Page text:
Recon-ng is an OSINT tool built into Kali Linux that allows you to retrieve information like contact names, email addresses, DNS information, IP address information, and the like. Recon-ng is not as easy to use as theHarvester because it uses the module concept similar to the Metasploit framework, a modular penetration testing platform based on Ruby.

Let’s take a look at an example of Recon-ng you can use on Kali Linux. To start Recon-ng and add a workspace, use the following commands (a workspace represents a project you are working on):

recon-ng

workspaces add wiley

Now let’s add the domain names and company names to the Recon-ng database tables so that it uses them when performing all of the information gathering with future commands we use:

add domains wiley.com

add domains www.wiley.com

add domains dummies.com

add domains www.dummies.com

add companies Wiley~A publishing company

add companies Wiley Publishing~A publishing company

add companies ForDummies~A Wiley product line

To view the domains and company tables that have been populated, use these commands:

show companies

show domains

The Recon-ng tool has modules that you use to collect the different types of information from online resources.

Next, let’s collect the points of contact from Whois databases:

use recon/domains-contacts/whois_pocs

run

Now, let’s discover other domain names and hosts on the internet related to the company by using a Bing search and a Google search:

use recon/domains-hosts/bing_domain_web

run

use recon/domains-hosts/google_site_web

run

After running these commands, you can see the contact names and email addresses listed in the terminal, but it would be nice to output the information to a web page that you could use for a report. The following commands will load the reporting module and specify the creator of the report, the customer, and the report filename to generate:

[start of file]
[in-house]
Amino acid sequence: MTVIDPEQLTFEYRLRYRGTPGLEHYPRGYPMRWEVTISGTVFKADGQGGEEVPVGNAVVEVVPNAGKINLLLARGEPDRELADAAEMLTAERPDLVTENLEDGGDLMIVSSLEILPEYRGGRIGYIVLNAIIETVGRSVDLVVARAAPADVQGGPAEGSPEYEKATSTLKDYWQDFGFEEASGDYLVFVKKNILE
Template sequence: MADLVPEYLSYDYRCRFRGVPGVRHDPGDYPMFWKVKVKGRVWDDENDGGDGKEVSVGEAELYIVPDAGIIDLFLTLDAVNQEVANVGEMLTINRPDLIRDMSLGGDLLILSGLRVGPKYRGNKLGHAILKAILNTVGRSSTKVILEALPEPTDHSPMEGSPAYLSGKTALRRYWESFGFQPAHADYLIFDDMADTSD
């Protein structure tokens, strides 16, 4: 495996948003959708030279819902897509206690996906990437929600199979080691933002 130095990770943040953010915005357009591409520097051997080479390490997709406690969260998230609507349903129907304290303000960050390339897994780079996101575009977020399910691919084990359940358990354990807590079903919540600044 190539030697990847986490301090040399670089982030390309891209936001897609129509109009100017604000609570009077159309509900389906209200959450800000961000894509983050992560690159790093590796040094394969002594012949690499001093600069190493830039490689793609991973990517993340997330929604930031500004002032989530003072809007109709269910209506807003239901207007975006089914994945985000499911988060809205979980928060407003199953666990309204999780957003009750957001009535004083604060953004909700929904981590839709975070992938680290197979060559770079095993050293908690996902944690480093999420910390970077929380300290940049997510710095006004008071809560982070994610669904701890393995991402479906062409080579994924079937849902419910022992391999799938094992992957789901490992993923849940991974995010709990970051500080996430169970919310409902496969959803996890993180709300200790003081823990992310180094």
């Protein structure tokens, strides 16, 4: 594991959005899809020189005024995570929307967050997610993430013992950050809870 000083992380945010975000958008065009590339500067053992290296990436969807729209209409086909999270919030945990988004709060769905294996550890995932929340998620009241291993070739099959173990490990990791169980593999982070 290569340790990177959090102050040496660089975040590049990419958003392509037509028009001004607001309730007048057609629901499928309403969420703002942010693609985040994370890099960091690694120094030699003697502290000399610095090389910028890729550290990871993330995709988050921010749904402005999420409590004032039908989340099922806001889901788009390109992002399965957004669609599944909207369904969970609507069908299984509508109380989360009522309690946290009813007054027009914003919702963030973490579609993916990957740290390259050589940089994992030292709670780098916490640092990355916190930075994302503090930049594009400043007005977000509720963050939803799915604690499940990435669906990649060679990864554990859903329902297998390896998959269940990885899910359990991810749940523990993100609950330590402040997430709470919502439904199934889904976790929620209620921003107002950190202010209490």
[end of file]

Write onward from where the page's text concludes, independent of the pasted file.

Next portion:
use reporting/html

set CREATOR 'Glen E. Clarke'

set CUSTOMER 'Wiley Publishing'

set FILENAME /root/Desktop/Wiley_recon.html

run

If you open the HTML file on your desktop by double-clicking it, you will see a report similar to the report shown in the following figure. Keep in mind that if we would have used other modules to collect additional information (such as the IP ranges), that information would have been included in the report as well. Again, this is just a small example; know that there are a number of recon-ng modules that enable you to do things like view social media posts by an IP address.

A sample recon-ng HTML report. A sample recon-ng HTML report

Censys

Censys is another browser-based search engine that identifies hosts on the internet for a particular organization. In addition to identifying the hosts, Censys will also identify the services and ports that are open on those systems.

Censys search Using Censys search to identify hosts and ports open

FOCA

Fingerprinting Organizations with Collected Archives (FOCA) is a tool used to scan documents to collect metadata that is typically hidden from the user. Some examples of document types that can be scanned by FOCA to extract the metadata are Microsoft Office files, Open Office files, and PDF files.

For the PenTest+ certification exam, remember that Whois, theHarvester, Maltego, Recon-ng, and Censys are all tools used for OSINT gathering.